Harmonizing historic and contemporary architecture
The Texas Hill Country just outside of Fredericksburg, TX, is rich in stone architecture. Many historic homes and buildings that were built at least a century ago still stand today. Among them is the Knopp School House and former teacher’s residence, which was recently converted into a private residence and guest house for a family that relocated from California. While the school house is made of Basfe Block - poured concrete that looks like a stone product - the teacher’s residence was originally built with native Texas limestone.
Gladwin explained that the homeowners moved to Texas from California with their two sons. While they liked the historic stonework of the structures, they also desired a contemporary flair.
“The goal was working with an antique building with contemporary wings,” she said. “The clients liked contemporary tile work. There was a lot of combination of rustic and sophistication [for the interior design].”
To expand the two-story limestone structure that was originally the teacher’s residence, additional space was added to the home. This includes a kitchen, dining room, master suite with a loft, a cylinder-shaped powder room, a laundry room, a craft room, a screened porch with a fireplace and a pizza oven and a child’s bedroom with a bath and a veranda.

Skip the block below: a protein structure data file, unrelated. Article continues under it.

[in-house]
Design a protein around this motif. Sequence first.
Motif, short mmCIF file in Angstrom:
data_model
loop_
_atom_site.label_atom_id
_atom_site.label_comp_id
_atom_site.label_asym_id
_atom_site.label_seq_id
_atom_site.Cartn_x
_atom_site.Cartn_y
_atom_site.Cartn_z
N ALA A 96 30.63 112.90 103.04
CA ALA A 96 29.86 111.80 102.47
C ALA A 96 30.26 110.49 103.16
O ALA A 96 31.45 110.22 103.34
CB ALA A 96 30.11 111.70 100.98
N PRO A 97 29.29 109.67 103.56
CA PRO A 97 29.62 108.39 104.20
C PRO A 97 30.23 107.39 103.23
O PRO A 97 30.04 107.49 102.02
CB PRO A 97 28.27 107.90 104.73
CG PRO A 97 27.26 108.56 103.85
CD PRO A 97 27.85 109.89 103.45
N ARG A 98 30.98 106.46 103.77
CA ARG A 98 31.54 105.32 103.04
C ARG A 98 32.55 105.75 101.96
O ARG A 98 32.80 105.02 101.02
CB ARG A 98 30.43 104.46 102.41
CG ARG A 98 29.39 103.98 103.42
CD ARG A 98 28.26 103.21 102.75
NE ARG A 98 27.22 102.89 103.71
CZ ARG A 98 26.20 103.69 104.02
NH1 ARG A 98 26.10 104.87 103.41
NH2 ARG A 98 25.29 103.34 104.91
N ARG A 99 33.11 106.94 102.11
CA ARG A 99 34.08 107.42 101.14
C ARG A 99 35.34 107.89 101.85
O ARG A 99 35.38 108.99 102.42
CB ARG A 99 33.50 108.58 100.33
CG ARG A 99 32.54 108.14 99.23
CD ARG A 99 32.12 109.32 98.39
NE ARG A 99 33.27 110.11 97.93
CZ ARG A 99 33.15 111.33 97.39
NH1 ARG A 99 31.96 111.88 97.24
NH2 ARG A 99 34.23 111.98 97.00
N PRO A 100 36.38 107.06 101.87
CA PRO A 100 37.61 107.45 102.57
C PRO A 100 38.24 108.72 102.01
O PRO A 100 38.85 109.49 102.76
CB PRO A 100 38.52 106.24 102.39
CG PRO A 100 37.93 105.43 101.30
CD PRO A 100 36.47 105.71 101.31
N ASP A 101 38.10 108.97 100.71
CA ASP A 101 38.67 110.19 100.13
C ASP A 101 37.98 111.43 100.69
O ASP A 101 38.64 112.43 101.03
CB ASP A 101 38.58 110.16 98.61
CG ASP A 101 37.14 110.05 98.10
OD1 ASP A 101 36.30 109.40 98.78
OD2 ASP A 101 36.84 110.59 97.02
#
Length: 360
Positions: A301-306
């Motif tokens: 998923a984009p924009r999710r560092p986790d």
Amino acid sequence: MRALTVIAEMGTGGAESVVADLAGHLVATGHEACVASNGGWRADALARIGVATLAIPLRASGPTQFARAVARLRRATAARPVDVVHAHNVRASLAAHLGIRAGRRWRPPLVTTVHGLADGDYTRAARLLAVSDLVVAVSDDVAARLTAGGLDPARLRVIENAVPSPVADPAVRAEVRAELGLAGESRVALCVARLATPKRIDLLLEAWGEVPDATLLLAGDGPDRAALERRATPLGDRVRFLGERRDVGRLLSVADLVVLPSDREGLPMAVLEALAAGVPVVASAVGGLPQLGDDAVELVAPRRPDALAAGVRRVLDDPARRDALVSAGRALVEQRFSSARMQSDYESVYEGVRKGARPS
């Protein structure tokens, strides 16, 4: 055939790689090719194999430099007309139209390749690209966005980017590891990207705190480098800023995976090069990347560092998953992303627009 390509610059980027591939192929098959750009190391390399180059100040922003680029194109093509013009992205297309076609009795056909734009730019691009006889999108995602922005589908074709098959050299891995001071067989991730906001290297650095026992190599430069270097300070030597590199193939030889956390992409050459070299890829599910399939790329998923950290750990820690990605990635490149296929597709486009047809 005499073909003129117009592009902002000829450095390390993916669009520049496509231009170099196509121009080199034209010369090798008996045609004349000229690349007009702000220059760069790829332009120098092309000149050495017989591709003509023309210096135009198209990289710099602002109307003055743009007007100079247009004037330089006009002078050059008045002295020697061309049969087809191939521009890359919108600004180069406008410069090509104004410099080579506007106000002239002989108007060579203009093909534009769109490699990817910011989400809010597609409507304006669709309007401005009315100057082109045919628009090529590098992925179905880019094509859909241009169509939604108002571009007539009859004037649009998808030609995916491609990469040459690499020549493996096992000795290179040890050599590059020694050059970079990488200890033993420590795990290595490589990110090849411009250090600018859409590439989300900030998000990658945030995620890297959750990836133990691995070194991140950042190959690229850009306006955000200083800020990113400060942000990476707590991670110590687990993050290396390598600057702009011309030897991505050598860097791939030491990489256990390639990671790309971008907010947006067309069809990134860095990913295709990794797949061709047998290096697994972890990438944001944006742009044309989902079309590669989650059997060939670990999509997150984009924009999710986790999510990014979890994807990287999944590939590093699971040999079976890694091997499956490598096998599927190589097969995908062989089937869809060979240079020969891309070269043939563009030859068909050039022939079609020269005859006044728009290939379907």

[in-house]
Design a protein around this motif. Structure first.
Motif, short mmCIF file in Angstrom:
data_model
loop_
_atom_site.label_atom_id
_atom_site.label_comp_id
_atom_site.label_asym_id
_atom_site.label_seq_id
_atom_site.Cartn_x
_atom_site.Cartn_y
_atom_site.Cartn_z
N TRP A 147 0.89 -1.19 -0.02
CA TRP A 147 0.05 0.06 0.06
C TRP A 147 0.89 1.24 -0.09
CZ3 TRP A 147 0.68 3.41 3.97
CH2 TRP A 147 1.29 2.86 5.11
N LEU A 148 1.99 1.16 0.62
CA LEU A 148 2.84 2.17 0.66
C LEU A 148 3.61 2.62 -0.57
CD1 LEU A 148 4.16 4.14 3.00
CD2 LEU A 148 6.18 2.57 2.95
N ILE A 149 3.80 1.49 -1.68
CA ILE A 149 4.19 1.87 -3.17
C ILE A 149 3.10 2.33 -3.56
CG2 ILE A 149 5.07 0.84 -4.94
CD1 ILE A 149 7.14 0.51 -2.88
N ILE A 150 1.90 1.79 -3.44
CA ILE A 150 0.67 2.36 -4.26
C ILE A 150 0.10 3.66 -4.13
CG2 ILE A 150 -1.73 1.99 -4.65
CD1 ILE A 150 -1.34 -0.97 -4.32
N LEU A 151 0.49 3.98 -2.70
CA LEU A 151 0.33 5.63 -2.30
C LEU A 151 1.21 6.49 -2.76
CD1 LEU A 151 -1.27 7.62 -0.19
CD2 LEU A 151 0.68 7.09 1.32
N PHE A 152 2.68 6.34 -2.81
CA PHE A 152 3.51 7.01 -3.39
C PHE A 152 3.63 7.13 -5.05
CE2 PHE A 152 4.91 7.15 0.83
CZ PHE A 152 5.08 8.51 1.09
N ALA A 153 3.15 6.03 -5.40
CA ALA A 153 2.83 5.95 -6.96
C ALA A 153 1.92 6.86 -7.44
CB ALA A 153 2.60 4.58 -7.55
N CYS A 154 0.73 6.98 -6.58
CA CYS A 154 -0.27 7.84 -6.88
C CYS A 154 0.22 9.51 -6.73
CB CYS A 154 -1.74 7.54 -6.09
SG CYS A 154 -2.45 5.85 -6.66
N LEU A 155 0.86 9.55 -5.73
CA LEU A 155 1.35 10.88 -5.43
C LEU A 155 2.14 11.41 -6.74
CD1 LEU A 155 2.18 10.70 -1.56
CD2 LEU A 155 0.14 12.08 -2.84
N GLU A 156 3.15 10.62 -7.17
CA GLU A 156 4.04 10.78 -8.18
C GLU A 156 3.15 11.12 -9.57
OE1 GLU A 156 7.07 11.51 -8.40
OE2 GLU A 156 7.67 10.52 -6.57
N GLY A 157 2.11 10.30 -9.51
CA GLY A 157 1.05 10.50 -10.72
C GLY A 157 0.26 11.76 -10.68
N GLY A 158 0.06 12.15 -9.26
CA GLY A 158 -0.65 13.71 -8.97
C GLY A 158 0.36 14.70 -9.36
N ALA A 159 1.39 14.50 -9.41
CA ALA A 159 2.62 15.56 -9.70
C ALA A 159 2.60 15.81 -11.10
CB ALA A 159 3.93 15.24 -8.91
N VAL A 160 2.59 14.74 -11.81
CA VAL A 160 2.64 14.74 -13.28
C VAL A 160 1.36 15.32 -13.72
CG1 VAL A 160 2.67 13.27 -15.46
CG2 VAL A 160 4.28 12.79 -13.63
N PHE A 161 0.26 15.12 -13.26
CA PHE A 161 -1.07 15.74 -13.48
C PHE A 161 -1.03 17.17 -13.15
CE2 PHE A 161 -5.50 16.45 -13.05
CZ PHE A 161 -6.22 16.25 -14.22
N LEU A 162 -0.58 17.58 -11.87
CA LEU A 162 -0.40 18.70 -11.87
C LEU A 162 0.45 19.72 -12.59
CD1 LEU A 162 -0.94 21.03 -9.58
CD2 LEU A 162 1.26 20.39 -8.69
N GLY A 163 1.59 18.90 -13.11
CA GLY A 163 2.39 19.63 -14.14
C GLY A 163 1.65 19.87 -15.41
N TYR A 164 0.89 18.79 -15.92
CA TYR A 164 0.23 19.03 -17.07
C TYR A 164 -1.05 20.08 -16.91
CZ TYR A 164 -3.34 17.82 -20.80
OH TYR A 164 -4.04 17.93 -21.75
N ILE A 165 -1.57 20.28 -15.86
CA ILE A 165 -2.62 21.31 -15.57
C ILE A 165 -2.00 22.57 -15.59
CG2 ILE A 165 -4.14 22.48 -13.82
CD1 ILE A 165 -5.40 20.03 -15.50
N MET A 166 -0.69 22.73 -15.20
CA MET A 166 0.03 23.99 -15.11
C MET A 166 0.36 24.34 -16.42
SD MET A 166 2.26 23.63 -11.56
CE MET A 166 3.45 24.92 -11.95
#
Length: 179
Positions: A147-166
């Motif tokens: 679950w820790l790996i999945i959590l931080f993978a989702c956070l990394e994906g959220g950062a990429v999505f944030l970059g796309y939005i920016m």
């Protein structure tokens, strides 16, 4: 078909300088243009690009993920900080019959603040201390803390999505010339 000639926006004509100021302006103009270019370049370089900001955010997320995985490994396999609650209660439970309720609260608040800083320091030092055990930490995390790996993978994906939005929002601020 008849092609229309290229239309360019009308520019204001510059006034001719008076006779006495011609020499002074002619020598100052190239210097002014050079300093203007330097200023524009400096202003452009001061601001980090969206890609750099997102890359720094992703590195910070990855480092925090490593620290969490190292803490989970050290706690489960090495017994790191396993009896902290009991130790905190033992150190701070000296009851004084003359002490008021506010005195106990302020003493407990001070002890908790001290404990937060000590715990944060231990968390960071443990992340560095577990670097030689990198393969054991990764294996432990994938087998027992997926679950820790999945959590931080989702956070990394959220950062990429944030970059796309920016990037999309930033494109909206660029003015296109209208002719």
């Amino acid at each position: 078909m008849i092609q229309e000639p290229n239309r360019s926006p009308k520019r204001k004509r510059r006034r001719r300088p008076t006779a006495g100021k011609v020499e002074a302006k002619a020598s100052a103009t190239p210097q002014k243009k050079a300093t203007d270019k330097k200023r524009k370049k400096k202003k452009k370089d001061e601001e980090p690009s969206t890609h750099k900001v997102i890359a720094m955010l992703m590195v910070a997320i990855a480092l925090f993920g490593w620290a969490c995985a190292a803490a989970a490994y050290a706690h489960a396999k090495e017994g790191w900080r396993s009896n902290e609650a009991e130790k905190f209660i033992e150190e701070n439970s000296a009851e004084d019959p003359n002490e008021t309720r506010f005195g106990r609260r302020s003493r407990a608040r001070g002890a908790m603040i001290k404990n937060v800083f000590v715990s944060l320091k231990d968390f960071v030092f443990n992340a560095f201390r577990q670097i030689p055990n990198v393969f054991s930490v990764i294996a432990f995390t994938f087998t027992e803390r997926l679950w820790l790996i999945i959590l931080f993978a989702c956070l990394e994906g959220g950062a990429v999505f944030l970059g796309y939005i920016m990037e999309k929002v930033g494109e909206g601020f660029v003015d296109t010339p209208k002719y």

The limestone was also used for the fireplace and pizza oven that is a focal point of the screened porch. Moreover, a large limestone slab forms a tabletop in the space. The thick rough-cut large piece of stone further contributes to the rustic elegance of the home.
Finding new stoneWhen renovating the historic limestone structure, architect Jon Pankratz of Fredericksburg, TX, intended to keep the existing vernacular intact, while adding building elements that are sympathetic but not overstated. “The school house is highly identifiable to the area,” he said. “Many people living in the community have attended school there. I didn’t want to ruffle any feathers.”
According to Pankratz, the original limestone pieces used for the teacher’s residence are between 12 and 14 inches thick, and the stone was quarried in the local vicinity. “We couldn’t match the stone effect, so we decided to find a quarry closest to the building site itself,” he said. “We found one only a couple of miles away. It is a stone with a blend to it, which helped us blend the old stone and introduce the new stone.”
Sidebar: Private residenceFredericksburg, TX
Owners: Jim and Victoria Brown
Builder: Durst Homes, Inc., Fredericksburg, TX
Architect: Jon Pankratz, Fredericksburg, TX
Stone Supplier: Fredericksburg Stone, Fredericksburg, TX
Interior Tile Supplier: R. Gladwin I Design - tile, Kerrville, TX
Interior Tile Installer: Mike Childs